|Area||37.77 km2 (14.58 sq mi) |
|• Density||125/km2 (320/sq mi)|
|OS grid reference|
|Sovereign state||United Kingdom|
Gnosall is a village and civil parish in the Borough of Stafford, Staffordshire, England, with a population of 4,736 across 2,048 households (2011 census). It lies on the A518, approximately halfway between the towns of Newport (in Shropshire) and the county town of Staffordshire, Stafford. Gnosall Heath lies immediately south-west of the main village, joined by Station Road and separated by Doley Brook. Other nearby villages include Woodseaves, Knightley, Cowley, Ranton, Church Eaton, Bromstead Heath, Moreton and Haughton.
The village was mentioned in the Domesday Book, in which it was named Geneshale. It is listed there as having a population of 12 households. According to research presented online by the University of Nottingham, the name Gnosall derives from a combination of the Old Welsh Genou meaning 'mouth' and the Mercian word halh meaning 'a nook of land' or 'a small valley' or 'dry ground in marsh.' The Gnosall Parish Council also believes that Gnosall derives from both Genou and halh, however believes that halh actually stands for 'low-lying land by a river' and states that Gnosall translates to a ‘narrow valley that suddenly opens out into a wider one’. That same site also states that there are at least 27 different spellings of the name, the oldest surviving record being for Geneshale in the Domesday Book of 1086, and that it is only by chance that Gnosall is the current spelling.
The Stafford to Shrewsbury railway line once ran through the village. Gnosall's railway station opened on 1 June 1849 and closed on 6 August 1966. The line was built by the Shropshire Union Railways and Canal Company, which also managed the Shropshire Union Canal which runs through the village. A footpath, the Way for the Millennium, now follows its route.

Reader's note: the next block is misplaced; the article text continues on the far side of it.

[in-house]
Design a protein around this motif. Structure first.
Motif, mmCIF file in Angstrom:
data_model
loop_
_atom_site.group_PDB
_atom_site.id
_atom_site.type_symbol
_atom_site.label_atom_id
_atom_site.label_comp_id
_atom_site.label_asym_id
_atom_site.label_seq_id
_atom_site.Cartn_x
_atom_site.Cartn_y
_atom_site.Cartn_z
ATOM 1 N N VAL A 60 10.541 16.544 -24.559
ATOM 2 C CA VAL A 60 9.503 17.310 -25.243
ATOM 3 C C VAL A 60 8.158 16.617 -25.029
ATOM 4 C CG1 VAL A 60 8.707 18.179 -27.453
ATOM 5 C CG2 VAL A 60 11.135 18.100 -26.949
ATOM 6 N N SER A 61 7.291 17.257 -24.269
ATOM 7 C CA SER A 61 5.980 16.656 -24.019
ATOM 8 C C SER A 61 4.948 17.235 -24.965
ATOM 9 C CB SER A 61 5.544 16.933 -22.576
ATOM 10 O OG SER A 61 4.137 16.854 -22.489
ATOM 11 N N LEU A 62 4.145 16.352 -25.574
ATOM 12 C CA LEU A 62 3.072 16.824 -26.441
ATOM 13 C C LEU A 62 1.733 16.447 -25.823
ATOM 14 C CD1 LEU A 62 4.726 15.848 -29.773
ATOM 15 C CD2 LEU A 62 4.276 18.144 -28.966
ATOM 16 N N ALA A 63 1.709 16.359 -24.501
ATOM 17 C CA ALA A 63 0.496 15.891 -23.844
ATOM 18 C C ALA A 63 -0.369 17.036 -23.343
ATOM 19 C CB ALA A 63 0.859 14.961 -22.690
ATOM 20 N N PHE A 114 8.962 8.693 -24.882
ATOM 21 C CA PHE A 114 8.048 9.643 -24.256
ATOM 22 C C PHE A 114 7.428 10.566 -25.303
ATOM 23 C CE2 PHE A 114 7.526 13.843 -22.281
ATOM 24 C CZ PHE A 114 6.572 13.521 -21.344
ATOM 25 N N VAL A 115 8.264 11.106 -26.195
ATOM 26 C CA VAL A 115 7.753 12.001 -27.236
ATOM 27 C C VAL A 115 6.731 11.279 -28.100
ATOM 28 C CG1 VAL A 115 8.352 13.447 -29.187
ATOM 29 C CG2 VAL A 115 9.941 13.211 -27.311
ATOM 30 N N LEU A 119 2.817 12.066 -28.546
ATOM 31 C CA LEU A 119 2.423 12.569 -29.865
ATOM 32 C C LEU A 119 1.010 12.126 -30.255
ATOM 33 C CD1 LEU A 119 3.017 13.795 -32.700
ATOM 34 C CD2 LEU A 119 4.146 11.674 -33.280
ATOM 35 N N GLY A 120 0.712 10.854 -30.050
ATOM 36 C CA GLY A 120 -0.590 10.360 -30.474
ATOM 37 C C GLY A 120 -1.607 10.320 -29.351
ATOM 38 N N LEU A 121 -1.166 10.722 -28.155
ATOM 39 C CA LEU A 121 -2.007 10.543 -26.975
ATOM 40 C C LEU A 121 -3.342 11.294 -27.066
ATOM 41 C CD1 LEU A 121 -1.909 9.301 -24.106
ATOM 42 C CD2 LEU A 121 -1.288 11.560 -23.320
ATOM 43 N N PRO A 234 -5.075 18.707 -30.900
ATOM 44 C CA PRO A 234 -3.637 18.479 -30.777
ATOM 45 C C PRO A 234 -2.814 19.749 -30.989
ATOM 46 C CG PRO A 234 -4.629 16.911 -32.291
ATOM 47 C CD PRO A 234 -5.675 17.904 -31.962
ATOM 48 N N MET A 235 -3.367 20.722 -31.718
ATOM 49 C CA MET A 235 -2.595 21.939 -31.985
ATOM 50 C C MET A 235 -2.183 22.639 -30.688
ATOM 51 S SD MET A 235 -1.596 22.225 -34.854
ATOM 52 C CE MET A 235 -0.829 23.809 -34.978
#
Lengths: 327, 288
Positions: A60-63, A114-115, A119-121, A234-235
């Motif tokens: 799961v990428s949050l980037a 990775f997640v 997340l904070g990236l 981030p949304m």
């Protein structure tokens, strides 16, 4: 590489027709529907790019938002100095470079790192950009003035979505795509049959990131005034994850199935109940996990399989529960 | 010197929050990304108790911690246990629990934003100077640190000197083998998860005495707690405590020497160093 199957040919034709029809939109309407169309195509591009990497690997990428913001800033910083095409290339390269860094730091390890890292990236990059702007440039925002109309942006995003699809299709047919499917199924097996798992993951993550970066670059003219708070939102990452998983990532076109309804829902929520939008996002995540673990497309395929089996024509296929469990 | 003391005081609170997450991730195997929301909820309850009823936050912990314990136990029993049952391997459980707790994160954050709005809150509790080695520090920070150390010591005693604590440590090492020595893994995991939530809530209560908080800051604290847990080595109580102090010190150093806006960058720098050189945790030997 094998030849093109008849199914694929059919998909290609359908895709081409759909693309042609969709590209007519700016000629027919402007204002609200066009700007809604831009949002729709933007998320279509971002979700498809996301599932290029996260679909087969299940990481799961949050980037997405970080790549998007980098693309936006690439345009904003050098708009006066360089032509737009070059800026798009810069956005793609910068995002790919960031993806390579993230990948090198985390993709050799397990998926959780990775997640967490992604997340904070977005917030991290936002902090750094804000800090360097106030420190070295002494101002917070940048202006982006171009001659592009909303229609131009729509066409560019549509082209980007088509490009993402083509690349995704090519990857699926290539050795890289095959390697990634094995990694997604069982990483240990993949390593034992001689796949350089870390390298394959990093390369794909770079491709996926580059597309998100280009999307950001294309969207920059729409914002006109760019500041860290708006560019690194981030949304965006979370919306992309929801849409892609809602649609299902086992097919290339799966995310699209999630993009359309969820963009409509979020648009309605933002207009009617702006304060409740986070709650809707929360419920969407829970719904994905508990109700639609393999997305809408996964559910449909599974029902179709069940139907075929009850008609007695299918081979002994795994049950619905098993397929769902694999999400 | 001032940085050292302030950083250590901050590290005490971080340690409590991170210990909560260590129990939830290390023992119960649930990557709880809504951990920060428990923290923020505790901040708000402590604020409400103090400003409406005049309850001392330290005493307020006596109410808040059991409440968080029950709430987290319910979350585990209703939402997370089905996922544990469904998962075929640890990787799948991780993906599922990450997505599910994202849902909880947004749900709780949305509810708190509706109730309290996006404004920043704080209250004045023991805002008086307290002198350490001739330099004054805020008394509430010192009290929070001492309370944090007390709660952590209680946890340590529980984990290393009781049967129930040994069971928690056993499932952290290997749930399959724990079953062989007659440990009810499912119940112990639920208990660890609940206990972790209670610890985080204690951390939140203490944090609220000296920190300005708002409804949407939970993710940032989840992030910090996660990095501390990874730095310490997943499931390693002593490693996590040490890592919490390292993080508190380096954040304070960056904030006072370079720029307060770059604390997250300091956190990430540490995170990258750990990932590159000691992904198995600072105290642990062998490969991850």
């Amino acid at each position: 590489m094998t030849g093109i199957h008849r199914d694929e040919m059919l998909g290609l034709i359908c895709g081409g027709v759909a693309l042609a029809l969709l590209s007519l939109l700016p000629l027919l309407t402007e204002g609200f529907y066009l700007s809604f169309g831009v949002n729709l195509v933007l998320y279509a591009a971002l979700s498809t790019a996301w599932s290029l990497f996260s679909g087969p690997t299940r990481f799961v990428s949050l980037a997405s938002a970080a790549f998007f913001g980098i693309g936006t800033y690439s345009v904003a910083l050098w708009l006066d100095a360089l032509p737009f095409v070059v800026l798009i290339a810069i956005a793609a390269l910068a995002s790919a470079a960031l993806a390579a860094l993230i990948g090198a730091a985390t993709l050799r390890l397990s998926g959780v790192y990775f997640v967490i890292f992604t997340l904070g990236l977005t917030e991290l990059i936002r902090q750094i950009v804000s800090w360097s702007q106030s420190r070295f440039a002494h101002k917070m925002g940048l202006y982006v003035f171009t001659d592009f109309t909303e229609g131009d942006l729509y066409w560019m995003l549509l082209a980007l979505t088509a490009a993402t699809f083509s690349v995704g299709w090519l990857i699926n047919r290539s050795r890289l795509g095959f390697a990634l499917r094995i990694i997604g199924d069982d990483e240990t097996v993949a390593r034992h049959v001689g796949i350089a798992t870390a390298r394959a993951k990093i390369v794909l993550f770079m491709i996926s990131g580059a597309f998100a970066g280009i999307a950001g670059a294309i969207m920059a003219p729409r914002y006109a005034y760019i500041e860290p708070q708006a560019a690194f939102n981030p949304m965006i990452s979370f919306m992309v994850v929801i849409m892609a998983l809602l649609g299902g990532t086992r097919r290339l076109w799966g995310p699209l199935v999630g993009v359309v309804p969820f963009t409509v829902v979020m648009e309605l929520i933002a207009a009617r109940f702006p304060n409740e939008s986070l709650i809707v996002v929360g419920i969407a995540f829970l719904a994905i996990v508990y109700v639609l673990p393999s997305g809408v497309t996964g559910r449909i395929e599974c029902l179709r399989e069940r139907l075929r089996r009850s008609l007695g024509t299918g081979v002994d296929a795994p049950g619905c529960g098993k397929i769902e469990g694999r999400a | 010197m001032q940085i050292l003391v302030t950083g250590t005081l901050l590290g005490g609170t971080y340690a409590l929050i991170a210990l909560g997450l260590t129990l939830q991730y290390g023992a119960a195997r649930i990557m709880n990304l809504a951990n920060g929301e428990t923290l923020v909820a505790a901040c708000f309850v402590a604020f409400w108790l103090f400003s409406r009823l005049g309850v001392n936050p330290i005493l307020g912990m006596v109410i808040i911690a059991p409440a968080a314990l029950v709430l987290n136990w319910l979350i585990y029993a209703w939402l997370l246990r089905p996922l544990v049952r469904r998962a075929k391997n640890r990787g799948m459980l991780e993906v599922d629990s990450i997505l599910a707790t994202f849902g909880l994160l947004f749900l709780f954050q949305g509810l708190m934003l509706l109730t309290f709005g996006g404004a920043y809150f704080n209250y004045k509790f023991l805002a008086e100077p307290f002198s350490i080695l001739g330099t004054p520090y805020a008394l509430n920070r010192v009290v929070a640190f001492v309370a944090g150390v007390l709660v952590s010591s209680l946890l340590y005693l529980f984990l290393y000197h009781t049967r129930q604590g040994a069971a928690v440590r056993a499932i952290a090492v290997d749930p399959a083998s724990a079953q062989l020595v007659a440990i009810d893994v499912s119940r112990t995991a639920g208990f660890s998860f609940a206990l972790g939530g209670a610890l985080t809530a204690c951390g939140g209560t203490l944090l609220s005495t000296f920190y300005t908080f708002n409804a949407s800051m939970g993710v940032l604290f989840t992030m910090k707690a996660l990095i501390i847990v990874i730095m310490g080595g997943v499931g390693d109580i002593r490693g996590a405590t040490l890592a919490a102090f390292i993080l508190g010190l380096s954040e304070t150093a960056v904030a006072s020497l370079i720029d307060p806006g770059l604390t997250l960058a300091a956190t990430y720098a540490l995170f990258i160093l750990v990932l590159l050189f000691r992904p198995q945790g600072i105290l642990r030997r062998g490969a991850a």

Landmarks of interest include:
There are also several old, privately owned, buildings such as the Duke's Head on the High Street that was previously a public house. With a thatched roof, and herring-bone brick pattern between faded, unpainted wooden beams, it may be suggested that it forms one of the most picturesque scenes in the village.
A new primary school opened in 2016 replacing the building constructed as Heronbrook School. This building was unusual in that it was designed to appear attractive from the railway line passing behind it rather than from the front.
Gnosall is fairly self-contained in terms of shops and amenities, with its own fire station, supermarket, doctor's surgery, two dental practices, petrol station, sports club, take-aways, five pubs and historic high street.
Gnosall Heath has two canalside pubs, The Boat and The Navigation. The Royal Oak is situated on the main A518. In Gnosall village centre may be found The Horns and George and the Dragon, the latter a micropub which opened in 2015. The Sports Club is situated in extensive grounds off the 1970s Brookhouse Estate.
Many of the village's ancient traditions are still honoured today, notably the carnival, where children dress up in themed costumes, and a parade complete with custom made floats and a brass band that runs to the St Lawrence School field from the Royal Oak.
A large health centre was completed in 2006 at the opposite end of Gnosall from the old doctor's surgery which was situated by the fire station; tribute to the rapid increase in population of recent years.
The village has a community first responder group, a charity consisting of trained local people who provide emergency cover on behalf of West Midlands Ambulance Service in response to 999 calls and administer basic life support, oxygen therapy, defibrillation and first aid whilst an ambulance is en route.
The village's newspaper; "GPN" (Gnosall Parish News), is produced and sold in the village, and serves as a local advertiser of services and events, as well as publishing articles of interest to the local community.
Despite there being controversy over the legality, fishing is popular and fruitful on the canal.